What do you do when you’re in the middle of a wild card race, and your keystone player is hurt? This question is currently being tackled by the Florida Marlins organization, who cannot seem to make Hanley Ramirez, the face of the Marlin’s franchise, play.
Ramirez left last night’s 4-3 loss to the Atlanta Braves after the fifth inning due to tightness in his left hamstring. Ramirez was also scratched from tonight’s lineup shortly before game time.
This afternoon Dan Uggla had some fighting words for the all-star shortstop. In a heated verbal match in the clubhouse, Uggla exhibited his frustration by telling Ramirez, “You got your $70 million”, referring to Ramirez’s six year contract. Ramirez mentioned his own 0-14 slump, and the irrelevance that has to do with him leaving the game early, clarifying that he was not skipping at bats because of frustration at his personal performance.
Even though Ramirez is ailing, is that enough to scratch him? Is Ramirez playing at ten percent better than Ramirez not playing at all?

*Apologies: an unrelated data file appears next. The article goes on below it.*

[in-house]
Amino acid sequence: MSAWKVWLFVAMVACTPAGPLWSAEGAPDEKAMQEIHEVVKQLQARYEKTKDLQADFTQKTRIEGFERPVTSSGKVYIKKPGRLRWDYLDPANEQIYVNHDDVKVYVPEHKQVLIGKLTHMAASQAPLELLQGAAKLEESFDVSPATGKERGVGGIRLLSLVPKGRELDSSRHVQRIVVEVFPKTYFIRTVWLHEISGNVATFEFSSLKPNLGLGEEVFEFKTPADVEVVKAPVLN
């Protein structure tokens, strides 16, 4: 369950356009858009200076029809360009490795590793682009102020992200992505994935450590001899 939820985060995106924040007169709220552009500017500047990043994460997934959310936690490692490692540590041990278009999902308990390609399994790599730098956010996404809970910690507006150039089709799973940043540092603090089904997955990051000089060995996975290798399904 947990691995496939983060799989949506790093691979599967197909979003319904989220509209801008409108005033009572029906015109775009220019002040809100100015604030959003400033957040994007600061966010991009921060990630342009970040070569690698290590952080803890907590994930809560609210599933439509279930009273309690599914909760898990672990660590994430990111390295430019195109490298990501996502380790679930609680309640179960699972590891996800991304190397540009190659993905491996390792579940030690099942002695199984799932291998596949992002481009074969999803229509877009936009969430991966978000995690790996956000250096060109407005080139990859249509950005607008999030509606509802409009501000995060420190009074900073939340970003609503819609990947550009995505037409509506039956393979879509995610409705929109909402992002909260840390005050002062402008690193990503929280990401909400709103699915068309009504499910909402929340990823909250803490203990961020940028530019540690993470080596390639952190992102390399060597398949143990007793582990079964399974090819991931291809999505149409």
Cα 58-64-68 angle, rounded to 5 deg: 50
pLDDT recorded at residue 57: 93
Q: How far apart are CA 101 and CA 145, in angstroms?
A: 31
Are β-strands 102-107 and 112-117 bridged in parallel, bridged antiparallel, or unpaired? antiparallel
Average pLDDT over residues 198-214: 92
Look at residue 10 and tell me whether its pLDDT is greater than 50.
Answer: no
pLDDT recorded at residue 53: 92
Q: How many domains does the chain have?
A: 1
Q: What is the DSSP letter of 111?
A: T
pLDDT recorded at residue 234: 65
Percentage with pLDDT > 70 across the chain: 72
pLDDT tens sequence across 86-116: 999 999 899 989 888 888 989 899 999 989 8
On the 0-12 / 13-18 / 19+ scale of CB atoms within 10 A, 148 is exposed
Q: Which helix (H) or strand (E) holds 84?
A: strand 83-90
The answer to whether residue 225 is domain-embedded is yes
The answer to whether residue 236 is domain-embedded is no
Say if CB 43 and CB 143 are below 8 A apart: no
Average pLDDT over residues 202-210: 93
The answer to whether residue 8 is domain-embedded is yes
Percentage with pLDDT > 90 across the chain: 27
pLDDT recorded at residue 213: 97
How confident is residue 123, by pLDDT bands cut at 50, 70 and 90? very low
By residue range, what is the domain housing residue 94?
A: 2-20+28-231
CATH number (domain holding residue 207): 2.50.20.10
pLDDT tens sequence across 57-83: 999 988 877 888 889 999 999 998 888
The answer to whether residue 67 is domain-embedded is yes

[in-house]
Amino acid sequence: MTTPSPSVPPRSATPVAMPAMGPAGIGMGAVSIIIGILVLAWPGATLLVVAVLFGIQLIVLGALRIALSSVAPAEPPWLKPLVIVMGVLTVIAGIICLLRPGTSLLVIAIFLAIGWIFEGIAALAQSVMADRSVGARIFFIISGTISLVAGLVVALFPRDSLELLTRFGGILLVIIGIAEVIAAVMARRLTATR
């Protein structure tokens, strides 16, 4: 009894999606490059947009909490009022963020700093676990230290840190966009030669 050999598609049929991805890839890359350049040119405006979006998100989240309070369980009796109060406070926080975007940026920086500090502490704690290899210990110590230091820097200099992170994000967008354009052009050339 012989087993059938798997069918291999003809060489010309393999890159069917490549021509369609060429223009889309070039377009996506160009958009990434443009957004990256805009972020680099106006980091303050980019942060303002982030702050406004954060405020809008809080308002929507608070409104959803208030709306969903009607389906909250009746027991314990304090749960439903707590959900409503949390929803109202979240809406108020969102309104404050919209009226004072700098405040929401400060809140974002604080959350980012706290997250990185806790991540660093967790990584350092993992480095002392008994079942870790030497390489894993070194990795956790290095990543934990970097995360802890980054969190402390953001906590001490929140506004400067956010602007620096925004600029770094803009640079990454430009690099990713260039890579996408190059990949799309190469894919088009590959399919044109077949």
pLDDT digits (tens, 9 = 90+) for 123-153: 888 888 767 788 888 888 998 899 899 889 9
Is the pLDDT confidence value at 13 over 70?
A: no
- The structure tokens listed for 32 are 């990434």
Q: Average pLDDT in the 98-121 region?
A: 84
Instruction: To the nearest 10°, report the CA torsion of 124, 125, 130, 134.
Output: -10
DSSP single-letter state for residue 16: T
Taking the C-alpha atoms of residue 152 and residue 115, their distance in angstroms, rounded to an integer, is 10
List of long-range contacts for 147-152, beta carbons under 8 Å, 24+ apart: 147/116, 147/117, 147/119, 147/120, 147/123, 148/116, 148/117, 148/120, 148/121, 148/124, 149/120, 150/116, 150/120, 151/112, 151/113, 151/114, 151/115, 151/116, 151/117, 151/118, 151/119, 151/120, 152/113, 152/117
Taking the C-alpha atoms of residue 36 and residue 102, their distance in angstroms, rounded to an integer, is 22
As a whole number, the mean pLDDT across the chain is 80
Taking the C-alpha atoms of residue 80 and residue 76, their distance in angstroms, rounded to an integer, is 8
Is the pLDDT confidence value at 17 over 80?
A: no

The answer is yes. Ramirez is a huge reason as to why the Marlins are only five games back in the National League Wild Card race, and it is imperative that he play. Ramirez is hitting .355, which is considerably higher than Emilio Bonifacio’s, Ramirez’s replacement shortstop, average of .253. Ramirez’s absence in this series against the Braves is particularly harmful on account of the Braves are two games ahead of the Marlins in the wild card chase.
Not only does Ramirez’s void hurt the team on the field, but it clearly damages the team off the field. Before the game, the team had to hold a closed door meeting to deal with the clubhouse shouting match.
If Ramirez wants to fully embody the role as the face of the franchise he’s going to have to learn to put the team first; in fact, it’s imperative that he put the team first during this playoff push. Not to belittle his hamstring injury, but many players have played through much worse. In a famous Ty Cobb tale, it is said that he once played in an afternoon game after having his tonsils removed earlier that morning; the doctor didn’t use an anesthetic.
Stories like that are how legends are born. Ramirez has the tools to become a legend, but it unsure if he has the composition.
Hopefully, for the Marlin’s sake, Ramirez’s hamstring heals, and he is able to perform at his usual level, or at least learn to deal with playing through pain. If not, their playoffs hopes are going to dwindle, along with the fan’s and team’s tolerance for Hanley Ramirez.